She said she’s also heard reports that the centers don’t always follow the curriculums that they provide to school districts to gain approval. St. Vrain Valley moved to a comprehensive health education curriculum in 2007, forming a committee to review and approve guest speakers.
Taylor Thrasher, Life Choices’ education director, countered that the Life Choices’ school curriculum isn’t religious, is based on facts and meets school district and state standards.
"Life Choices goes into schools not because of religious agenda, rather, we want to be a safe and helpful place for students to receive information and achieve their goals," she said.
She said Life Choices gives about 100 presentations a year in St. Vrain Valley schools, focusing primarily on "the benefits and effectiveness of students waiting until marriage to engage in sexual activity."
"Our presentation is geared toward helping students evaluate and analyze the choices they have in life," she said, adding that presenters emphasize that fewer than half of high school students nationally are sexually active.
"We see and hear so much about sex that it is easy to think that everyone is sexually active," she said. "Because of this, we focus on other parts of relationships in addition to sex, such as boundaries, the difference between love and infatuation, creative dates, and helping students know that they can say no to unwanted sexual activity."
Parents have opt-out options
In both the Boulder Valley and St. Vrain Valley school districts, individual teachers have the option to choose from a list of approved presenters to augment the curriculum.
Boulder Valley teachers fill out an evaluation for each speaker. St. Vrain officials said teachers share information as they have questions or feedback, but the district don’t use a formal evaluation system.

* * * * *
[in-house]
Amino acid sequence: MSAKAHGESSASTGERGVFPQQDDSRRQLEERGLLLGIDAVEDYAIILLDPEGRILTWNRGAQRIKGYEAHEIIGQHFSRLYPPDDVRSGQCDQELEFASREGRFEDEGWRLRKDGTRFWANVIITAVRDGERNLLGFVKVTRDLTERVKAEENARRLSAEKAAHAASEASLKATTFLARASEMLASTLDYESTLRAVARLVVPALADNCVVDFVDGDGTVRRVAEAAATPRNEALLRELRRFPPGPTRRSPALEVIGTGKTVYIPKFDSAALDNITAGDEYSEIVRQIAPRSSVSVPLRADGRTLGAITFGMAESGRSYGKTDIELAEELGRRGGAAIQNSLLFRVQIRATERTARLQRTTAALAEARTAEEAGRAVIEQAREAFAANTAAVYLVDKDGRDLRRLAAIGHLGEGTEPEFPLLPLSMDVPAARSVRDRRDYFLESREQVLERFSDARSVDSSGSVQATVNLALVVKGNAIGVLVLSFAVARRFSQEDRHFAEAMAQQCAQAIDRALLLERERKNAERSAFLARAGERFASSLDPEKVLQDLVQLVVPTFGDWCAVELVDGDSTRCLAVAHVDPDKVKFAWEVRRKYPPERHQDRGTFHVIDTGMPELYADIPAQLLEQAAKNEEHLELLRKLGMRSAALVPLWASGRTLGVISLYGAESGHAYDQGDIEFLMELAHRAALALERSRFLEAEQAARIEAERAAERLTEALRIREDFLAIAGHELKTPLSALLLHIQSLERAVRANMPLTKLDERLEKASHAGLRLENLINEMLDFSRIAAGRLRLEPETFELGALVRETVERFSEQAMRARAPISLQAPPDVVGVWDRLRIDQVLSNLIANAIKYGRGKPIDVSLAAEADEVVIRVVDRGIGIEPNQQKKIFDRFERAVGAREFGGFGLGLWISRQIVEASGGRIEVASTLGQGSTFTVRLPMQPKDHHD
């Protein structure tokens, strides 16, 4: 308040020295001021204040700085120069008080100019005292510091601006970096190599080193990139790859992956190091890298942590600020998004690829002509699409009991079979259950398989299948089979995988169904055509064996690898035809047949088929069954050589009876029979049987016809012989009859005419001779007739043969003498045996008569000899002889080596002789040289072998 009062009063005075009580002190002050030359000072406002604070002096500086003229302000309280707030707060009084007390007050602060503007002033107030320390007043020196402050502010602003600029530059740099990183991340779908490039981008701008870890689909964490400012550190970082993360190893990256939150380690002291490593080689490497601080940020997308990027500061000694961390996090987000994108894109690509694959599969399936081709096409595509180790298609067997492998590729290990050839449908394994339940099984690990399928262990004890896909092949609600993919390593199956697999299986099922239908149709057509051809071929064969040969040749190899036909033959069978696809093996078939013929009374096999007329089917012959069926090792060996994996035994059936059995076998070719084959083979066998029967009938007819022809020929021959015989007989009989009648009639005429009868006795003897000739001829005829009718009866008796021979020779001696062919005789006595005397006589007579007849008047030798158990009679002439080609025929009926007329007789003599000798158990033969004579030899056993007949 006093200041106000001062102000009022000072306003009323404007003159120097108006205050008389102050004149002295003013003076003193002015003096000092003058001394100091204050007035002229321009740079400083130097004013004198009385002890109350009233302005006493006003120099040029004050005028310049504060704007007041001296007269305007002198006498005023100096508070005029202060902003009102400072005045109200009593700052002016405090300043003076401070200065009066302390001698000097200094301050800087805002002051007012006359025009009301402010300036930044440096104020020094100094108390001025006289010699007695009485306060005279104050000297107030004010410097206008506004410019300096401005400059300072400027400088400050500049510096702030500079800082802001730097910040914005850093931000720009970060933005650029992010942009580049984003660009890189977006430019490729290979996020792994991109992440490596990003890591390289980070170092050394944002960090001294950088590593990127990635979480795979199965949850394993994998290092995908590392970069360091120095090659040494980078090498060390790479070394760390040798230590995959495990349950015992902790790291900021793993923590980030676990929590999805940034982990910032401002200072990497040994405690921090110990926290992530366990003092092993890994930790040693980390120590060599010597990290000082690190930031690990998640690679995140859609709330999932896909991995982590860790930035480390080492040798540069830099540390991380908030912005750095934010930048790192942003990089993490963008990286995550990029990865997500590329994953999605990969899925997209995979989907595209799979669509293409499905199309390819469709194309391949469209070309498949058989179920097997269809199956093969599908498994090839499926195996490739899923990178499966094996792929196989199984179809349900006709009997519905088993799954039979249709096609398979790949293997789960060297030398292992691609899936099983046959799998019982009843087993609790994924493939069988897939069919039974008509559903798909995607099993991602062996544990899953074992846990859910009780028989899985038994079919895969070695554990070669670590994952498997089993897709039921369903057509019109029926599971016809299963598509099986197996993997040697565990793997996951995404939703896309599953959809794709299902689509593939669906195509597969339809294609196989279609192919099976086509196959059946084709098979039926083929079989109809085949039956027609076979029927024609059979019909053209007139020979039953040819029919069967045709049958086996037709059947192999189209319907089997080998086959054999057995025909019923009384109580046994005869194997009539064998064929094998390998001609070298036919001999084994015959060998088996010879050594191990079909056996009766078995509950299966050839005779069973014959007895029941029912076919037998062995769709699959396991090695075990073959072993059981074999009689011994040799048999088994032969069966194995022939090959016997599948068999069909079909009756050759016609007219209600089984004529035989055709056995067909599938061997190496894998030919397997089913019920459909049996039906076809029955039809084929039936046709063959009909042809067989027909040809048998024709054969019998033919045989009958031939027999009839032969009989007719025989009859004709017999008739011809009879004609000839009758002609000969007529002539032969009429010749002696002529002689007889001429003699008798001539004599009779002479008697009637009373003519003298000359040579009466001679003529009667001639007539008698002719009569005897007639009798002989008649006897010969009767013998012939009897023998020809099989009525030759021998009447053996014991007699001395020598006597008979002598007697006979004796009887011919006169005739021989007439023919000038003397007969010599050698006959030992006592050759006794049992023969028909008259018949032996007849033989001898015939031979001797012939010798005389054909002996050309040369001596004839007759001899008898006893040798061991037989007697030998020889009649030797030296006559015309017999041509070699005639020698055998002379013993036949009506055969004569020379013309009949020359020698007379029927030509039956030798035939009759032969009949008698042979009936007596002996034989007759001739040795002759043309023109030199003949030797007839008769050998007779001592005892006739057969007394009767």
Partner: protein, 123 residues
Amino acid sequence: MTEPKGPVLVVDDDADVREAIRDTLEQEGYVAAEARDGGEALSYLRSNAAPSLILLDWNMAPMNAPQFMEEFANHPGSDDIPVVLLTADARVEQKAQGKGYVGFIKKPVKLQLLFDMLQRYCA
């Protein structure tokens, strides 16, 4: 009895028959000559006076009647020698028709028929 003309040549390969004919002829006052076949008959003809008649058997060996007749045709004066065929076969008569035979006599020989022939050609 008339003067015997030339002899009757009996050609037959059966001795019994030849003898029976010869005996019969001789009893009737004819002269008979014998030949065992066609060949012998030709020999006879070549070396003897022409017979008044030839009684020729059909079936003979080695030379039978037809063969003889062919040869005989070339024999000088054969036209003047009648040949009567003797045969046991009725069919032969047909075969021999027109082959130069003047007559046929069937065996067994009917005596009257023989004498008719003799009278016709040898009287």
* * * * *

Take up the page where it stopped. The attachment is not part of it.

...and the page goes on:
Both districts offer an opt-out option for parents, though Dowling said the school didn’t send home any information to parents in advance about the Life Choices speaker at Erie Middle.
St. Vrain Valley has a list of 25 approved organizations for speakers, but didn’t break out the standards covered by each organization in the list provided to the Daily Camera and Times-Call.
The neighboring Boulder Valley School District has a list of 16 approved organizations for speakers that includes the grade level and health standards covered by each organization.
In Boulder Valley, three of the 16 organizations provide speakers to address human growth and sexuality: Boulder County AIDS Project, Boulder Valley Women’s Health and Peers Building Justice.
Other organizations on Boulder Valley’s list address emotional and social wellness, physical wellness, substance use, injury prevention, violence awareness and diversity awareness.
Five speakers are on both districts’ lists: Boulder Valley Women’s Health, Boulder County Aids Project, Boulder County Public Health’s OASOS program, Blue Sky Bridge and OUT Boulder County.
St. Vrain Valley officials said they didn’t know of any speaker applications in the last five years that weren’t approved and didn’t know of any parent complaints.
But both Dowling and a second parent have complained about Life Choices’ presentations.
Facts, not opinions
In 2012, parent Kandace Donovan raised concerns about Life Choices giving presentations at Lyons Middle/Senior. She said at the time that faith-based groups should not have access to children in public schools and noted that the presenter handed out pamphlets to students.
"Some students might think this was the only alternative available for reproductive counseling if they came from homes where sexual health and values were not discussed," she said at the time.
St. Vrain Valley spokeswoman Kerri McDermid said the district, when appropriate, connects parents who have concerns about speaker presentations directly to the speaker.
All approved speakers are required to adhere to district guidelines and state laws, she said, including presenting only factual materia that doesn’t include opinion or personal beliefs.
"All health presenters must sign an agreement to adhere to these and other guidelines for classroom speakers and community resources before being placed on an approved list," she said.
How the district’s health curriculum is delivered, and who teaches it, varies at middle schools. Erie Middle School, for example, provides health lessons over several of the district’s late-start days that are scattered through the school year.